What waited for us behind this smiling dolphin sculpture were Information Specialists, Pat and Esau. Pat and Esau were friendly, outgoing hospitable and helpful. Esau also provided us with state and private RV parks' information. In my opinion, they are great asset to promoting Florida's tourism industry.

Our Honu got drenched three times in sudden tropical thunderstorms.

There are approximately 14 RV parks in this vicinity.

We chose one to stay in Ocala about 70 miles from Miami.

My Mother has expressed her concerns if J.J. and I are eating right. So this one is for you. We had lamb steak with stirred fried snap peas and steamed white rice. Tomorrow, we'll go back to frozen foods... Just kidding!

Aloha -- Cathi

Tuesday, May 27, 2014

From Paducah, Kentucky to Adairsville, Georgia

Aloha Everyone,

Today we drove about 300 miles crossing Kentucky and Tennessee before we arrived in the state of Georgia.

Beverly and her husband own and manage the Victory RV Park and Campground. Last night she knocked on the door of our RV with a big smile and invitation to the crawfish boil gathering. Today, as we were getting ready to leave, she offered to take us to the historic downtown Paducah.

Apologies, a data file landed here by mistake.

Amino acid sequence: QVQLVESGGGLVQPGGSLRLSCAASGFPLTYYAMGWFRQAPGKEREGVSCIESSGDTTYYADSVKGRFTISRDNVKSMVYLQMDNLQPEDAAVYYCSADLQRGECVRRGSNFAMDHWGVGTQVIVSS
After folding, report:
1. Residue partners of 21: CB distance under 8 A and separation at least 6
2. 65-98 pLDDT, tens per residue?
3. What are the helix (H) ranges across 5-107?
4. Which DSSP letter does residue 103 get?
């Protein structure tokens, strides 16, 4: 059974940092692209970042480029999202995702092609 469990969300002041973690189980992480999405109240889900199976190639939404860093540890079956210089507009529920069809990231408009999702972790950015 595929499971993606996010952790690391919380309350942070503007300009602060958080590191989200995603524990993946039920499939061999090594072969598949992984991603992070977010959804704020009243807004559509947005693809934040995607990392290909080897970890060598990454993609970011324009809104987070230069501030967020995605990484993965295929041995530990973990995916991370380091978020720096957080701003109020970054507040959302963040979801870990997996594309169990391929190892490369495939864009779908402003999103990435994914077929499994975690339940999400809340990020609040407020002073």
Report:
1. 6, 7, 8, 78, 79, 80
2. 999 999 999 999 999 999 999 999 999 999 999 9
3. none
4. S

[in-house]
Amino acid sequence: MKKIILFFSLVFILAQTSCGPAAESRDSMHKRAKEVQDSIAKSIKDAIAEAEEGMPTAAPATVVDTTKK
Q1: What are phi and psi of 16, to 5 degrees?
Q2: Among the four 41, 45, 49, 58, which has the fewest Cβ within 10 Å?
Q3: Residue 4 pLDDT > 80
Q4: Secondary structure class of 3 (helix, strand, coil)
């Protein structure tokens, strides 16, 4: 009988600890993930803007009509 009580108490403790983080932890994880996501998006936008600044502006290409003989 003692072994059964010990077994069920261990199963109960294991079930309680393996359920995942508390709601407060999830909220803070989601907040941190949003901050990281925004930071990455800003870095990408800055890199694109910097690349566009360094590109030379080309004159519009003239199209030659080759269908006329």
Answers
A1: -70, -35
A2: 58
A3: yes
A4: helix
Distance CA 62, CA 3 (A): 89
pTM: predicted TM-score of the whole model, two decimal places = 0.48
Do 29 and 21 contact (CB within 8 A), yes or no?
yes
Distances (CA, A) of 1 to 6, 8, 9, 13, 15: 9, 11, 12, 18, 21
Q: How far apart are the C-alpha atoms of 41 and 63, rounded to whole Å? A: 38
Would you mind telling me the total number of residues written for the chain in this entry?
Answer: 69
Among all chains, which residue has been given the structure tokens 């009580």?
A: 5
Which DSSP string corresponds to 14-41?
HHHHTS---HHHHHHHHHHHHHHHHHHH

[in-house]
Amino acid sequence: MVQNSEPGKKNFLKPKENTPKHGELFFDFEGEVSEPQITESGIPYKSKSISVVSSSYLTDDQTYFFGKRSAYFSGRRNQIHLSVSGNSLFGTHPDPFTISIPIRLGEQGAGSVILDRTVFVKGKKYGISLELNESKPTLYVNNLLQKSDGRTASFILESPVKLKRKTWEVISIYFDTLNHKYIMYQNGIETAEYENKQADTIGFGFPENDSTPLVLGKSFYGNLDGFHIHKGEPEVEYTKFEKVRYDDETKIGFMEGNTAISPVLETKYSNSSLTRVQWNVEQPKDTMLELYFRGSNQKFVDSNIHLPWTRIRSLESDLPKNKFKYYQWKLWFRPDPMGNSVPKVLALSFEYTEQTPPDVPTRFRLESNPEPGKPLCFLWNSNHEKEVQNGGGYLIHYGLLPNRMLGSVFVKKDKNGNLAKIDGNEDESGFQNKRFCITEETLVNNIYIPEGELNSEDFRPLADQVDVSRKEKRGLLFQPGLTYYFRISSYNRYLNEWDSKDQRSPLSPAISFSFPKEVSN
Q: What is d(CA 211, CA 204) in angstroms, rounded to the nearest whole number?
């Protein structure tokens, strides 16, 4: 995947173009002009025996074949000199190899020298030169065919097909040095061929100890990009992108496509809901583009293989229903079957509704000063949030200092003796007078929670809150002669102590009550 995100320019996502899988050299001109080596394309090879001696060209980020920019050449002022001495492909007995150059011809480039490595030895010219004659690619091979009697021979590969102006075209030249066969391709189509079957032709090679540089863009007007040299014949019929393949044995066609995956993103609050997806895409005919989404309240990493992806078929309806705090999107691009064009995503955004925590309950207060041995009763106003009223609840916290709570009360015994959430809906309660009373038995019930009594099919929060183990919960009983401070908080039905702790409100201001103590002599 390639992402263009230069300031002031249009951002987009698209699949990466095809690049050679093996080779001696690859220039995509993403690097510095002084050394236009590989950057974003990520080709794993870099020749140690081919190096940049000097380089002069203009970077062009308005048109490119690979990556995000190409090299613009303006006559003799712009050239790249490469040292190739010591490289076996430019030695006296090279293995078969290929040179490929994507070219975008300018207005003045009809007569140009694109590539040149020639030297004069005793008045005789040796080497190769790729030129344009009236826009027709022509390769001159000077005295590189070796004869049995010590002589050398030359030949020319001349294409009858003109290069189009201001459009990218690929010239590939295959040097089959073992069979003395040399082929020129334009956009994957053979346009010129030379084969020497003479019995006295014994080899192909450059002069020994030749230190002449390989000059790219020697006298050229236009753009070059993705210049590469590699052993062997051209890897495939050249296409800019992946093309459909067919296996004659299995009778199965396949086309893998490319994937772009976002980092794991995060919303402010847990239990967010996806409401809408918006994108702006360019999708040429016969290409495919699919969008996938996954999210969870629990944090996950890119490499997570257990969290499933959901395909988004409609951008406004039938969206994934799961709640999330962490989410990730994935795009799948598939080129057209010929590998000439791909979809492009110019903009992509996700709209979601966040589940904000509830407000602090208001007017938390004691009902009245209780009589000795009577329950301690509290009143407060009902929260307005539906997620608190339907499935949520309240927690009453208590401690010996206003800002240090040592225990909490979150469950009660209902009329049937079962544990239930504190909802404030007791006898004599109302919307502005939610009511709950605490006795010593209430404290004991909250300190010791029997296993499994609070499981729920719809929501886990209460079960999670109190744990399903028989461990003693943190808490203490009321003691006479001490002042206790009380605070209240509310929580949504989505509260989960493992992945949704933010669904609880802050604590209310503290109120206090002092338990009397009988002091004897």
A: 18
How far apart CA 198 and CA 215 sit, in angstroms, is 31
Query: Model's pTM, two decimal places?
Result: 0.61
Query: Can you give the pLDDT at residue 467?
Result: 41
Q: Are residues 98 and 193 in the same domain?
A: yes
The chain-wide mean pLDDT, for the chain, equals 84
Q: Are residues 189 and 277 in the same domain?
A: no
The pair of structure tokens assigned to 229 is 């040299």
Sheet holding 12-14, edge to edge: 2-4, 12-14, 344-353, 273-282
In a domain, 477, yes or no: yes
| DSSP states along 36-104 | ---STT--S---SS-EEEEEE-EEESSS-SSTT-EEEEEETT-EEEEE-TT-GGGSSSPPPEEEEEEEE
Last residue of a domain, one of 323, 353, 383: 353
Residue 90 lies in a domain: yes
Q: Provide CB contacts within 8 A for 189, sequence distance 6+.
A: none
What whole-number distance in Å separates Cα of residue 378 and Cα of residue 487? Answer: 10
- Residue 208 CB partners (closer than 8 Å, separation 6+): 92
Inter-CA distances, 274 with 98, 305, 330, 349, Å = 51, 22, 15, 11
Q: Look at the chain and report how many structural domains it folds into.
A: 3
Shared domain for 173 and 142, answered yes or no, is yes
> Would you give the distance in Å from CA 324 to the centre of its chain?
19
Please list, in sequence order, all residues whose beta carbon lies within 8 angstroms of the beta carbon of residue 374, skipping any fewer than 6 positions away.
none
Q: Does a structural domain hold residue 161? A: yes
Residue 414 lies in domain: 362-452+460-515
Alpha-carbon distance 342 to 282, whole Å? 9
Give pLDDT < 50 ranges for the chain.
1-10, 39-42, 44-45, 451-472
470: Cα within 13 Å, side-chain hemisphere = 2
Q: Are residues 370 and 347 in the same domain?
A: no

Here is something interesting that I learned: Paducah was captured by General Ulysses S. Grant during the Civil War in 1861.

There are many magnificent murals by Robert Dafford and his team of artists from Lafayette, LA that provided the visual history of Paducah. I will write more about Beverly and her natural insect repellent and "thieves oil" used to ward off common illnesses and virus in my yoga and meditation blog after I've had a chance to consult Beverly on the accuracy of my information. Thanks Beverly for the tour!